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Cheetah Girls go to India May 16, 2008

Posted by sneaks in DVDs, J fiction, J is for Juvenile, YA.
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Disney Channel’s new original movie, The Cheetah Girls One World, will premiere on the Disney Channel on Friday, August 22 at 8p. In it, the Cheetah Girls (Chanel, Dorinda, and Aqua, and yes we had to look that up) travel to India to star in a Bollywood movie.

To support the premiere of The Cheetah Girls One World, which was filmed on location, Disney will feature a 12-part “making of” series of segments, The Road to The Cheetah Girls One World, starting Friday, May 16 at 8p on Disney Channel and http://www.disneychannel.com . New segments will premiere biweekly in May, June and July, and weekly in August.

This seems to call for a little list of J and teen authors who write about India or Indian-Americans. It is our pleasure to oblige:

Mitali Perkins
Uma Krishnaswami
Vandana Singh
Kashmira Sheth
Chitra Banerjee Divakaruni
Rudyard Kipling
Tanuja Desai Hidier
Narinder Dhami

You might beef up any display with a selection of Bollywood movies. Most are suitable for young people. Best way to find them in CARL is to do a keyword search on “motion picture India”.

Girl, you’re beautiful May 16, 2008

Posted by sneaks in J is for Juvenile, J non-fiction, nonfiction, YA.
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From Cynopsis Kids:

Tween girls 8-12 are spending some $500 million annually on beauty products according to the NPD Group’s newest report, Insight Into the Youth Beauty Market, which in addition to tweens looks at a broader spectrum of youth consumers 8-24 years old. In the survey tween girls report first using beauty products at 10 years old.

Enough reason for a mini-display of beauty books in Young Adult, wouldn’t you say?

The Chronic May 9, 2008

Posted by sneaks in display topics, J fiction, J is for Juvenile, YA.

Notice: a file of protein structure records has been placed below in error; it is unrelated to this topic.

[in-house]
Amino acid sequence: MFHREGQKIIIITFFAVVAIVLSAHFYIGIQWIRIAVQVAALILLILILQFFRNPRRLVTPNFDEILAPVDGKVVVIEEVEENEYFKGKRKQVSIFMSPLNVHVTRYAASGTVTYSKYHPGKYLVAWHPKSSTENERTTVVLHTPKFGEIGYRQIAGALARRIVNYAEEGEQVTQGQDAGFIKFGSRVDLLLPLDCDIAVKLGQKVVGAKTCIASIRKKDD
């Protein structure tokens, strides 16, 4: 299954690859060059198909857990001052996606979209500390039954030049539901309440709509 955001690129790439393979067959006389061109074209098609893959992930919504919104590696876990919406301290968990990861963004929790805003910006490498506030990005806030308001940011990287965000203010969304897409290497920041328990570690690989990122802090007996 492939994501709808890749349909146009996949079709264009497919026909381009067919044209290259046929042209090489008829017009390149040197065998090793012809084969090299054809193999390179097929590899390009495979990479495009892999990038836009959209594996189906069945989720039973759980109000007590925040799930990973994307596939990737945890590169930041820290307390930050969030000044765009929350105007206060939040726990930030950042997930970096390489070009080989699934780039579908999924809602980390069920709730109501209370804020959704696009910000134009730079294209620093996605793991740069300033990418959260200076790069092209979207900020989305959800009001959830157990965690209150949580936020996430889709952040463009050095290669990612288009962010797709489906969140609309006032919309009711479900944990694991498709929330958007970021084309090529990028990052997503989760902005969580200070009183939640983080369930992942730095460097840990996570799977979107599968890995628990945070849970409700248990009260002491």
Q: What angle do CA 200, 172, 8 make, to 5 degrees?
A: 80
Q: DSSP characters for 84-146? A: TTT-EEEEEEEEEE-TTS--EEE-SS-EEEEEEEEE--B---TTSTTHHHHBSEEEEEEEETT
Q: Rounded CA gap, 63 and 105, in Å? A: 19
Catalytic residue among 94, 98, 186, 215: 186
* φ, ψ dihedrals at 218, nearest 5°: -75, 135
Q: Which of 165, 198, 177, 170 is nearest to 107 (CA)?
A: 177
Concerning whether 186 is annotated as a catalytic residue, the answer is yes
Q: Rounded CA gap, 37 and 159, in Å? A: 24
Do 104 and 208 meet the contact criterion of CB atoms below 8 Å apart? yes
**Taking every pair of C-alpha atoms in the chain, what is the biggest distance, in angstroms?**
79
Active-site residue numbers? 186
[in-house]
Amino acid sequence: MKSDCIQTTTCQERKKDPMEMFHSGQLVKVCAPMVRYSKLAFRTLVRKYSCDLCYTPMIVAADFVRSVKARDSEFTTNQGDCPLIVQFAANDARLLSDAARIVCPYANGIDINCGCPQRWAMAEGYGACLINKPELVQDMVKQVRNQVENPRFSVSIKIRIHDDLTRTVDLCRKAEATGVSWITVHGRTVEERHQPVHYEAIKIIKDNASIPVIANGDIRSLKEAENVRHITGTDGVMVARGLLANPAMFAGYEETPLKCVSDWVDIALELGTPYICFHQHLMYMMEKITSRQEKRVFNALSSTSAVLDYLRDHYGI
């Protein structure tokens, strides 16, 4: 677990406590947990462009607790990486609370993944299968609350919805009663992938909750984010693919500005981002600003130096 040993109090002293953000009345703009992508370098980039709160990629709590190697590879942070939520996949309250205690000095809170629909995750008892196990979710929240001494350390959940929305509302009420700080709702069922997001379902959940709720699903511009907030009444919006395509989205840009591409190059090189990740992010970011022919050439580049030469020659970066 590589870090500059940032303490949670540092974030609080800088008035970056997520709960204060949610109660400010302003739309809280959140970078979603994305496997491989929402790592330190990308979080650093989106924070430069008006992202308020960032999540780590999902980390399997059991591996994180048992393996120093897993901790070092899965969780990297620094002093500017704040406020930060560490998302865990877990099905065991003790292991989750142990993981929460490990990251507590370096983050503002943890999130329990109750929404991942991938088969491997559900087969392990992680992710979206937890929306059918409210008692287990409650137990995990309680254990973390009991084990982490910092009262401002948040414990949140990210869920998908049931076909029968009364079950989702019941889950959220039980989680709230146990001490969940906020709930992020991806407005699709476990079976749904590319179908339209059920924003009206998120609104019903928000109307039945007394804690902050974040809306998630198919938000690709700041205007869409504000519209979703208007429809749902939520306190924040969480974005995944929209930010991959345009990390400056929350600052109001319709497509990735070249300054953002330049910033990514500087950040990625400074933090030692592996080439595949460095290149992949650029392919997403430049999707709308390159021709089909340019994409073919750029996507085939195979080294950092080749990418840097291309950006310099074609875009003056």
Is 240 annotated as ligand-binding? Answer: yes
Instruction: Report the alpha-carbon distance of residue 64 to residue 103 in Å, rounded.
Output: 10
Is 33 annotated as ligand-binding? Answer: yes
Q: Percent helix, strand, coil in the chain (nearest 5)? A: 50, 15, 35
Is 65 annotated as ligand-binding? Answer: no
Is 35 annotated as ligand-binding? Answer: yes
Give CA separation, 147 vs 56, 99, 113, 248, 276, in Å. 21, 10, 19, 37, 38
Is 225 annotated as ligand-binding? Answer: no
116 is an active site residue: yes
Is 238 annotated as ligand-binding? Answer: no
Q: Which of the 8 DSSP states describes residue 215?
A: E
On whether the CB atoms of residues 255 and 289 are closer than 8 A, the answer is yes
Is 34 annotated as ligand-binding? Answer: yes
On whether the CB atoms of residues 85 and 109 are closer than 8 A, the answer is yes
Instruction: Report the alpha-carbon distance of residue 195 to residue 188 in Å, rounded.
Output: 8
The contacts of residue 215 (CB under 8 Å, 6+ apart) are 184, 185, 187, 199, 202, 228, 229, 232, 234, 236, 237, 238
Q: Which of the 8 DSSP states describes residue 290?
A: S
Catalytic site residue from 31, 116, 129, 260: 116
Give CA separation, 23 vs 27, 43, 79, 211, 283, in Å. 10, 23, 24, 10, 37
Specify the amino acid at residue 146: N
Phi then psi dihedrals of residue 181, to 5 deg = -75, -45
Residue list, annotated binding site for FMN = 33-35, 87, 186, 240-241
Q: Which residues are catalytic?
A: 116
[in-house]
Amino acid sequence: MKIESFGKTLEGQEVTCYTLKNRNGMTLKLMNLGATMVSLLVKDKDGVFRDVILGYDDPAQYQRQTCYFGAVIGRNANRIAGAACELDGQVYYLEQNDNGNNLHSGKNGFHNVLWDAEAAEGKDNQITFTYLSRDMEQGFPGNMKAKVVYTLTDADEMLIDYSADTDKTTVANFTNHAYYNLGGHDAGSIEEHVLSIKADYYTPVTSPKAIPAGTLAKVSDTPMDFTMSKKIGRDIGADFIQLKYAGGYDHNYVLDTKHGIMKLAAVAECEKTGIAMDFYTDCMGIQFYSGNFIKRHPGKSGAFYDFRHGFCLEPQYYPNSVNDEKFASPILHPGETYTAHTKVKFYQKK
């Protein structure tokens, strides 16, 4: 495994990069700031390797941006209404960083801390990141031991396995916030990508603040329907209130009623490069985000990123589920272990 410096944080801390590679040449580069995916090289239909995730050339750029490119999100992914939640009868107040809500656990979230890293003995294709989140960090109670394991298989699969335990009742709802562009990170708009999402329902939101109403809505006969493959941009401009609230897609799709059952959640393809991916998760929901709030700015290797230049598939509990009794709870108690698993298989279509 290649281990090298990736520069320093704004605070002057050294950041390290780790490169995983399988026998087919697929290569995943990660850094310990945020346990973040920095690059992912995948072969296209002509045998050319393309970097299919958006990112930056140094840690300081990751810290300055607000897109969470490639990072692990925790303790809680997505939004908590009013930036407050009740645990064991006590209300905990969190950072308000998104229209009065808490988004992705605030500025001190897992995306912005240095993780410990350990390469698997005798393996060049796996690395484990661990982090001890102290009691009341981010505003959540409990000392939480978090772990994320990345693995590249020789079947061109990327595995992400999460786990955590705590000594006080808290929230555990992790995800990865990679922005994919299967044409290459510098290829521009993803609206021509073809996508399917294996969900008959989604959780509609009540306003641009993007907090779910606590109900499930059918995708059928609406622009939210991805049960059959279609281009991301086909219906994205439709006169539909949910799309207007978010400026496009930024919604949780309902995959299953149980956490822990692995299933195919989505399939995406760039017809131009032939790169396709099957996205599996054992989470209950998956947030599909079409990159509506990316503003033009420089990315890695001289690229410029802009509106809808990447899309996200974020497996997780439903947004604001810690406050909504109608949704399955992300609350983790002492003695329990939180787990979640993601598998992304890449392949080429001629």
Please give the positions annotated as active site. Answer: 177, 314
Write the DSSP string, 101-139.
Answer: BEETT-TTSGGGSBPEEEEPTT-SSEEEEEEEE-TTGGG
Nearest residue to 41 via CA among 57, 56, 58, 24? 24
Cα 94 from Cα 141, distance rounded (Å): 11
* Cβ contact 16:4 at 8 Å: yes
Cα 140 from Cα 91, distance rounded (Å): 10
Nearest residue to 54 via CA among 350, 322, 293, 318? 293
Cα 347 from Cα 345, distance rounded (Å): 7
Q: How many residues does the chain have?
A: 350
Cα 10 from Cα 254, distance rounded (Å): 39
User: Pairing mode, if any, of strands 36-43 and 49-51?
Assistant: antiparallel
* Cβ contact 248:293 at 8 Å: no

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It’s that time again… massive summer family fantasy movie time, that is.

Prince Caspian, the second movie of The Chronicles of Narnia, opens May 16. Bust out your C.S. Lewis, your Philip Pullman, your Lloyd Alexander and your Madeleine L’Engle (hey and isn’t it about time for another attempt at adapting A Wrinkle in Time?).

Other authors to put on the display:

  • Holly Black
  • Ursula K. LeGuin
  • Garth Nix
  • Susan Cooper
  • Brian Jacques
  • Cornelia Funke
  • Christopher Paolini
  • Tony DiTerlizzi
  • Gerald Morris
  • Tamora Pierce

Edgar Awards announced May 8, 2008

Posted by sneaks in adult, fiction, J fiction, J is for Juvenile, spring, YA.
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NEW YORK, May 1 /PRNewswire-USNewswire/ — Mystery Writers of America is proud to announce its Winners for the Edgar Allan Poe Awards 2008, honoring the best in mystery fiction, non-fiction, television and film published or produced in 2007.

BEST NOVEL
Down River by John Hart (St. Martin’s Minotaur)

BEST FIRST NOVEL BY AN AMERICAN AUTHOR
In the Woods by Tana French (Penguin Group – Viking)

BEST PAPERBACK ORIGINAL
Queenpin by Megan Abbott (Simon & Schuster)

BEST FACT CRIME
Reclaiming History: The Assassination of President John F. Kennedy by Vincent Bugliosi (W.W. Norton and Company)

BEST CRITICAL/BIOGRAPHICAL
Arthur Conan Doyle: A Life in Letters by Jon Lellenberg, Daniel Stashower and Charles Foley (The Penguin Press)

BEST SHORT STORY
“The Golden Gopher” – Los Angeles Noir by Susan Straight (Akashic Books)

BEST JUVENILE
The Night Tourist by Katherine Marsh (Hyperion Books for Young Readers)

BEST YOUNG ADULT
Rat Life by Tedd Arnold (Penguin – Dial Books for Young Readers)

BEST PLAY
Panic by Joseph Goodrich (International Mystery Writers’ Festival)

BEST TELEVISION EPISODE TELEPLAY
“Pilot” – Burn Notice, Teleplay by Matt Nix (USA Network/Fox Television Studios)

BEST MOTION PICTURE SCREENPLAY
Michael Clayton, Screenplay by Tony Gilroy (Warner Bros. Pictures)

ROBERT L. FISH MEMORIAL AWARD
“The Catch” – Still Waters by Mark Ammons (Level Best Books)

The EDGAR (and logo) are Registered in the U.S. Patent and Trademark Office by the Mystery Writers of America, Inc.

For teens, history is so last week March 9, 2008

Posted by sneaks in adult, display topics, J non-fiction, nonfiction, YA.
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A recent study undertaken by the new educational research and advocacy organization Common Core has found that:

many of America’s high school students do not possess the basic knowledge they need to succeed in the world or to achieve their full potential as democratic citizens. The report, entitled Still at Risk: What Students Don’t Know, Even Now, shows that, twenty-five years after the publication of the landmark study, A Nation at Risk, America’s children continue to demonstrate a stunning ignorance about basic facts of U.S. history and literature. Overall, the 1,200 17-year-olds surveyed earned a “D.”

  • Nearly a quarter cannot identify Adolf Hitler, with ten percent thinking Hitler was a munitions manufacturer.
  • More than a quarter think Christopher Columbus sailed after 1750.
  • Fewer than half can place the Civil War in the correct half-century.
  • A third do not know that the Bill of Rights guarantees the freedom of speech and religion.
  • Half have no idea what the Renaissance was.